'Cultures and worldviews are inscribed by means of "writing" or what Derrida calls "the perdurable inscription of a sign" (Of Grammatology). A sign is the union between signifier and signified. The signifier may be natural (clouds indicate that it is going to rain) or artificial.
All cultures are made up of relations that stay at the level of signs, that is, everything that belongs to culture is empirical and conventional. In this regard, both Aboriginal and Western culture remain at the same level. Moreover, both cultures produce objectivity by means of contrast and experimentation, in the design of a sharp object, for example an arrow or a knife. In Ancient Greece, Havelock contends that the invention of writing dramatically increased the possibilities of objective thought (The Muse Learns To Write), but it also created a logic of binaries that transcended the objectivity of science and transpired into the ideology behind colonialism.
In this context, the role of writing is analysed in David Malouf's Remembering Babylon. How does writing affect Gemmy all throughout the book? Already in the first Chapter, the teacher and the minister of the colony analyse Gemmy "in writing". Gemmy knows what writing is but hasn't learnt its 'trick': he does not know how to read or write. All he can see is that what he tells about his life, all his pain and suffering, is translated into marks and magic squiggles on the paper: only the spirit of the story he tells is captured. But little by little, the cognitive effects of writing get hold of Gemmy, until he starts to understand his life within the framework of the logic of binaries and identity upon which all reflective thought and science rest.
All in all, this deconstructive reading can be seen as a critique of Europe's modern idea of the autonomy of reason, in the name of a heteronymous rationality in the form of writing.
In this text we analyse the leap that goes from orality to writing in the context of postcolonial Aboriginal Australia. The thesis is that the transformation that goes from myth to logos, or from primitive to civilised cultures is a linguistic revolution: the discovery of writing and, more particularly, of alphabetic writing. The theoretical standpoint from which we are going to carry out this analysis revolves around Havelock's The Muse Learns to Write, which is a study of the role of writing at the origin of Western philosophy and science, and Derrida's Of Grammatology and Speech and Phenomena. In the light of these authors, we are going to analyse some passages that deal with writing in David Malouf's Remembering Babylon. In the course of our analysis, we are going to ask ourselves some questions about the essence of language and about the role it plays in the construction of the physiognomy of cultural identity.' Source: Carles Serra Pagès.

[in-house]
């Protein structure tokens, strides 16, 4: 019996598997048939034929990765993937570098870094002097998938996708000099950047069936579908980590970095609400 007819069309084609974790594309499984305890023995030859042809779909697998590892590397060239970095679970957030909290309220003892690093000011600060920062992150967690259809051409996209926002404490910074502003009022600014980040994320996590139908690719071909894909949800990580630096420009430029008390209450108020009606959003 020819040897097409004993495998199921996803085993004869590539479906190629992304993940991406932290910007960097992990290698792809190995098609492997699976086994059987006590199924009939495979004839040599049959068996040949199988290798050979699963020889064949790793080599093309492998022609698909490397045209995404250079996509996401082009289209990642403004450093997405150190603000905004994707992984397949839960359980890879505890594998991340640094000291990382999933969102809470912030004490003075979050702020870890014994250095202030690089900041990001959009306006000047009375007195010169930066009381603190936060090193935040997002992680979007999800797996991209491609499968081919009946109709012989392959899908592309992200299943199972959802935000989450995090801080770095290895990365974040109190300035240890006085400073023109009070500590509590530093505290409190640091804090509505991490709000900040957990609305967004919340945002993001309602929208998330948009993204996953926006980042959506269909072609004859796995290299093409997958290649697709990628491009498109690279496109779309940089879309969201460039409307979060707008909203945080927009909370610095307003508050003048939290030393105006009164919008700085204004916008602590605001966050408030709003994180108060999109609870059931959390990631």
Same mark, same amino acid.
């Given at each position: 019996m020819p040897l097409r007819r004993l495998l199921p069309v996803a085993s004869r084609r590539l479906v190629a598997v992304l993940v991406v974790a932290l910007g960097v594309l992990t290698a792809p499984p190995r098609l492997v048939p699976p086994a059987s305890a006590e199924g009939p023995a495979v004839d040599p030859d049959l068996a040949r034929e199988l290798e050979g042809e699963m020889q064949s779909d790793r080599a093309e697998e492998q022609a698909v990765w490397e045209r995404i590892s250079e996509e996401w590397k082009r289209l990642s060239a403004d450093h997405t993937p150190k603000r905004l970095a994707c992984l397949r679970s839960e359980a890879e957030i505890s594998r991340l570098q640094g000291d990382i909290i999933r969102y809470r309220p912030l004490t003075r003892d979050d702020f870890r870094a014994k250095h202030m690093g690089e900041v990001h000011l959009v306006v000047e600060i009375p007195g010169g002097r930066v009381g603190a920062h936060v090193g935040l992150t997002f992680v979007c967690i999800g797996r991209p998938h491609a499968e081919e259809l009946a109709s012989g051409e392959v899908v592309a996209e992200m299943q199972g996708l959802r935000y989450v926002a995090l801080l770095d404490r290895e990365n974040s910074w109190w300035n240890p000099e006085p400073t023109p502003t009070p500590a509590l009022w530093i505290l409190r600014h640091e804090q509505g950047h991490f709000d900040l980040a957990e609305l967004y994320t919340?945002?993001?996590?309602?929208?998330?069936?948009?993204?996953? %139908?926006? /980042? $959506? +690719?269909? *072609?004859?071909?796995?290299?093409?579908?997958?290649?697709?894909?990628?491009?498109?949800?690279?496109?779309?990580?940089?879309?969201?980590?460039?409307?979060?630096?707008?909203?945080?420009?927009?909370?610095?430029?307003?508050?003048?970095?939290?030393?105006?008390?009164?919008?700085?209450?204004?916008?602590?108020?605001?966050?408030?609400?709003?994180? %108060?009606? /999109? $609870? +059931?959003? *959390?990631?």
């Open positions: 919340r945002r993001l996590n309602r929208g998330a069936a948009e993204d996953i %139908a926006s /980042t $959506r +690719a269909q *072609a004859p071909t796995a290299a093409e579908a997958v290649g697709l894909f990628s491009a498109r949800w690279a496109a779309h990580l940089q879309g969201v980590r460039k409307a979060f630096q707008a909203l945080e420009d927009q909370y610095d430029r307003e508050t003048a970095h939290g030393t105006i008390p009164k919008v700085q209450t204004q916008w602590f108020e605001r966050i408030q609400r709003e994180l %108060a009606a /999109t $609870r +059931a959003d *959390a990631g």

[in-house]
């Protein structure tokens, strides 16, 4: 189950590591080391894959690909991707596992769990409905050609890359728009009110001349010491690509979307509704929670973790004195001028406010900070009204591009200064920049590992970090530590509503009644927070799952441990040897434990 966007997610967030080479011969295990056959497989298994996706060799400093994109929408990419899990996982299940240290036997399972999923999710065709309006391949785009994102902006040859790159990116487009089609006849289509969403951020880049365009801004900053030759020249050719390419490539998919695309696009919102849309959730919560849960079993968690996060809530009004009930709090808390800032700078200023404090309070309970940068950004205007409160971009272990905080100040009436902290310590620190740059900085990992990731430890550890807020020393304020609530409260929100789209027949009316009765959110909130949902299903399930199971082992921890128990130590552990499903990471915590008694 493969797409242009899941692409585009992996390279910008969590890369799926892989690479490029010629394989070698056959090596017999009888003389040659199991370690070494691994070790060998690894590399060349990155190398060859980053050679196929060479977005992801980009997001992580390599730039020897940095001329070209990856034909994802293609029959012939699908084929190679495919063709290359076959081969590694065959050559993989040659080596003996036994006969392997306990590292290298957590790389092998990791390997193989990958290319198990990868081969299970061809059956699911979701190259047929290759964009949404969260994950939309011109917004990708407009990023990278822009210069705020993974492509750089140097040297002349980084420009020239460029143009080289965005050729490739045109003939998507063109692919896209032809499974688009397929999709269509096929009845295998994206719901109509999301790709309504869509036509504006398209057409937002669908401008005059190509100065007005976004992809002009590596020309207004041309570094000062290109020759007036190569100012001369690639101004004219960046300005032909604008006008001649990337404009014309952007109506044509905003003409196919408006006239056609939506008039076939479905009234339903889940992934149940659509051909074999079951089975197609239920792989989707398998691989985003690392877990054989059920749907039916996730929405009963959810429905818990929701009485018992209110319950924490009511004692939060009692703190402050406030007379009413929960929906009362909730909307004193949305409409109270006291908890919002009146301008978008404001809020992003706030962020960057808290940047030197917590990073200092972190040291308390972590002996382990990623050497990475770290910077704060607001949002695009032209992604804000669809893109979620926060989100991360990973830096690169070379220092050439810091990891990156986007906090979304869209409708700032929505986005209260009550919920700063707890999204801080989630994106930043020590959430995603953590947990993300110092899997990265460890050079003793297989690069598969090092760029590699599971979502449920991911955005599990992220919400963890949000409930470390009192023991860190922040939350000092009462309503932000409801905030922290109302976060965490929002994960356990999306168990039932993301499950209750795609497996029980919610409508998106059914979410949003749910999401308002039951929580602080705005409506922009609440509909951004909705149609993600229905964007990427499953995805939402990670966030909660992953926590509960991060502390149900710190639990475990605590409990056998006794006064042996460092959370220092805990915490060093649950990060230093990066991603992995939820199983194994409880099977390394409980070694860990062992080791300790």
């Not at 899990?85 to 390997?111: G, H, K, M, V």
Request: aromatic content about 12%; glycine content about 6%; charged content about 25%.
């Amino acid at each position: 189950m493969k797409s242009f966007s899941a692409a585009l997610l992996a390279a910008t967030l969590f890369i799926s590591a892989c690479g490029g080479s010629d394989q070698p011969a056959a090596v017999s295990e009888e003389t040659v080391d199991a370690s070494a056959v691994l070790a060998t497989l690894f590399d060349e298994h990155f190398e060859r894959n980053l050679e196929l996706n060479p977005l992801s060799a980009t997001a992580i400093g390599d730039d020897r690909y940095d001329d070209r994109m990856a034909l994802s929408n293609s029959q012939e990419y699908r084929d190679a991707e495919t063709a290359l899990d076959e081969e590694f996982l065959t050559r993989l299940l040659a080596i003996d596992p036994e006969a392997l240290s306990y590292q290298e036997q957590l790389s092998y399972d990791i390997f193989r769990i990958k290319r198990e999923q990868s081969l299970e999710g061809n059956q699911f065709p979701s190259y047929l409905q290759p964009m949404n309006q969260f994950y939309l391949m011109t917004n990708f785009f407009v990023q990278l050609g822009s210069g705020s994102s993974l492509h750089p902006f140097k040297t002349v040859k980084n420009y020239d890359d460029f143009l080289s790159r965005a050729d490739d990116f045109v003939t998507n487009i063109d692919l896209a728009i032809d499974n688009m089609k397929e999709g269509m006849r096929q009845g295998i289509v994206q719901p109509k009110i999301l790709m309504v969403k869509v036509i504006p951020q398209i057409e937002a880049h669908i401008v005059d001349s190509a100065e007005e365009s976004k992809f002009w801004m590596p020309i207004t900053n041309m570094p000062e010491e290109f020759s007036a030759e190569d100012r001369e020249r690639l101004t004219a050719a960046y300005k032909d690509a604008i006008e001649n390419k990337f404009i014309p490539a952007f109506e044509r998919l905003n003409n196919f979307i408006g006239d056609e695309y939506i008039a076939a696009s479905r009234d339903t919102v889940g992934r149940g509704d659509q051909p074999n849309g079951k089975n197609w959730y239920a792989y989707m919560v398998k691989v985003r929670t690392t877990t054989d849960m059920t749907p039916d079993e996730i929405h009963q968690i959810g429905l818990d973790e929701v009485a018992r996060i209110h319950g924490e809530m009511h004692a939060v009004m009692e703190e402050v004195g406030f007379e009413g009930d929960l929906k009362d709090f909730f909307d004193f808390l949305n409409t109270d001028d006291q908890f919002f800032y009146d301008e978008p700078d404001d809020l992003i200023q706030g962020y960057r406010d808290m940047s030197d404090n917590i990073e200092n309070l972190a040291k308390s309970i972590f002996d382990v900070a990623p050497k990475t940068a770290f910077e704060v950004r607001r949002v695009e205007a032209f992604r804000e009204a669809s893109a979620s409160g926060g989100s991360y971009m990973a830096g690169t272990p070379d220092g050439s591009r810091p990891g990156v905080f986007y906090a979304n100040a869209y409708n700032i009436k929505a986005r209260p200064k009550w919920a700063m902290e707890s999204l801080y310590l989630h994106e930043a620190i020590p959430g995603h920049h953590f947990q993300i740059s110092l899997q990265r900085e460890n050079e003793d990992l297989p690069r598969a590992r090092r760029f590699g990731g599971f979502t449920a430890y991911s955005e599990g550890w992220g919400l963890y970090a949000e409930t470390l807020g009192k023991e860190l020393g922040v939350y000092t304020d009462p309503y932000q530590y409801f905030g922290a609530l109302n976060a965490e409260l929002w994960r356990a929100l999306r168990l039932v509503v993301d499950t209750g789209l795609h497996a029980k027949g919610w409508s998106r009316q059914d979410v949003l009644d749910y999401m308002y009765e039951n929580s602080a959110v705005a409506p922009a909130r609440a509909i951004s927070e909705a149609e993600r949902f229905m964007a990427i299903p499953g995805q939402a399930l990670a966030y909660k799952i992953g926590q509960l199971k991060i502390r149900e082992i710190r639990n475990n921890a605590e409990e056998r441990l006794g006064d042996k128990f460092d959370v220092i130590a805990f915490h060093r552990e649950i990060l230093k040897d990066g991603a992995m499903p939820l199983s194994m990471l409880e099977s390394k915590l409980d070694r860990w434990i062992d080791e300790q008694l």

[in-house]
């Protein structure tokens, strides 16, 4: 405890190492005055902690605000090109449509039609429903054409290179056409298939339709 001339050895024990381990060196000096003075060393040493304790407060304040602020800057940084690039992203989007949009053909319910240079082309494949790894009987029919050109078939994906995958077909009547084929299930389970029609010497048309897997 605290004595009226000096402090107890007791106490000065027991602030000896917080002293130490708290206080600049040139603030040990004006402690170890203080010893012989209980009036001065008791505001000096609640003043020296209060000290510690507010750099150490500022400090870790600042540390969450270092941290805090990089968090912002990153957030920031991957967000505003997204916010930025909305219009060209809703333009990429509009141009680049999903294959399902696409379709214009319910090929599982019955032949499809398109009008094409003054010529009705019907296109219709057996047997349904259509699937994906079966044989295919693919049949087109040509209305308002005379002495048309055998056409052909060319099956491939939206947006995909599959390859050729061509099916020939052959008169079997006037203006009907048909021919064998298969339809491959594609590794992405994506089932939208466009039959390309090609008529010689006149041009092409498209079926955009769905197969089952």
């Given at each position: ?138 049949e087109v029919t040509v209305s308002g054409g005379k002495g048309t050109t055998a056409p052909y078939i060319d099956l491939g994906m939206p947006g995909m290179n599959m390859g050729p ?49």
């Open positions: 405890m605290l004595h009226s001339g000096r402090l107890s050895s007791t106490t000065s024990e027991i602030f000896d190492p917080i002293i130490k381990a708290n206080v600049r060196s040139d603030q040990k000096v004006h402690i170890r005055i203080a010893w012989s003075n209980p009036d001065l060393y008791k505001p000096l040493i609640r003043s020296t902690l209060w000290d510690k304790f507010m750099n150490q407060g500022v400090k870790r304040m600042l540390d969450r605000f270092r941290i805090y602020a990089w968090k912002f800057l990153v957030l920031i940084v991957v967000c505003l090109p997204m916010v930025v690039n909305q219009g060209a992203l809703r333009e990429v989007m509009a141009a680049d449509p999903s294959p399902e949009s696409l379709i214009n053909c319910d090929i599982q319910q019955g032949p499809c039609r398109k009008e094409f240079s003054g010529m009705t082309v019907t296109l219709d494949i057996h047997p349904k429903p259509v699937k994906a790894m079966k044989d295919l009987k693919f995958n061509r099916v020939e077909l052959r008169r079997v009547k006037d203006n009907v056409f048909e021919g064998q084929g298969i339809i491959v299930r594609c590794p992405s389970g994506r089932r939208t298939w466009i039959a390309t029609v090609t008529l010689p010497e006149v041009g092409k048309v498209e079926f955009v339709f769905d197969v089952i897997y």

In English, Catalan and Spanish
Catalan version Translated by Bill Phillips
Spanish version Translated by Laura López Peña
'This is the transcription of an interview with Gloria Montero, recorded on May the 20th, 2008, at Gloria’s home in Barcelona.' (Introduction)
'L.K. Holt does not wear her learning lightly, and unless her intention is simply to impress with evocative terms and exotic references, she presumably expects her readers to do some heavy duty investigative work on Google. The first poem in the collection, “Man is Wolf to Man” depicts man’s bestial violence, a violence that seems biologically determined, or divinely ordained: “A man hangs / like an amulet. His death to counter- / weight the deaths by his hand, / assuming God has a sense of balance.” The enjambment of counter- / weight dividing His death from deaths by his hand, although predictable, is nonetheless effective, but the following line, “The skeleton in the sand of Ash Sham” sends us scurrying to discover that Ash Sham is another name for Damascus. Further enquiry reveals that in the twelfth century there was indeed a man of violence, Reginald of Chatillon-sur-Marne, a Frankish crusader, known as “The Wolf” by the afflicted Damascenes. Is this what she is referring to? But surely a crusader would not have worn a “Shirt unbuttoned / to show a cage of sand, the blindfold / blown off his three eyeholes.” No, she must be referring to the murder of a hostage by terrorists, or perhaps the victim of a CIA operation. Who knows? Is this our task as readers, to try and find out?' (Introduction)
'‘Australia and Galicia: Defeating the Tyranny of Distance’ aims to fill a niche in scholarship of Australian and Galician relations. It includes contributions from authors from both antipodes, focusing on a variety of themes, in order to demonstrate their common past, present and future. The prologue, by Secretary of Immigration Manuel Luiz Rodriguez Gonzalez highlights a primary goal of the book, to inspire further conversation and knowledge. The historical and contemporary perspectives attempt to highlight the extensive relationship between Galicia and Australia, to demonstrate that despite great distances and differences, collaboration between cultures is possible. Together with the literary views, they highlight common experiences, values and characters, despite their contradictory and shifting identities and contexts.' (Introduction)
'The Good Parents (2008) is Joan London’s second novel. Her published works include two collections of short stories, Sister Ship (1986) awarded with the Age Book of the Year, and Letter to Constantine (1993), winner of the Steele Rudd Award and Western Australian Premier’s Book Award for Fiction. Her first novel, Gilgamesh (2001), also won the Age Book of the Year for Fiction in 2002. With these credentials, one expects to find in The Good Parents a fine novel, and London does not disappoint us.' (Introduction)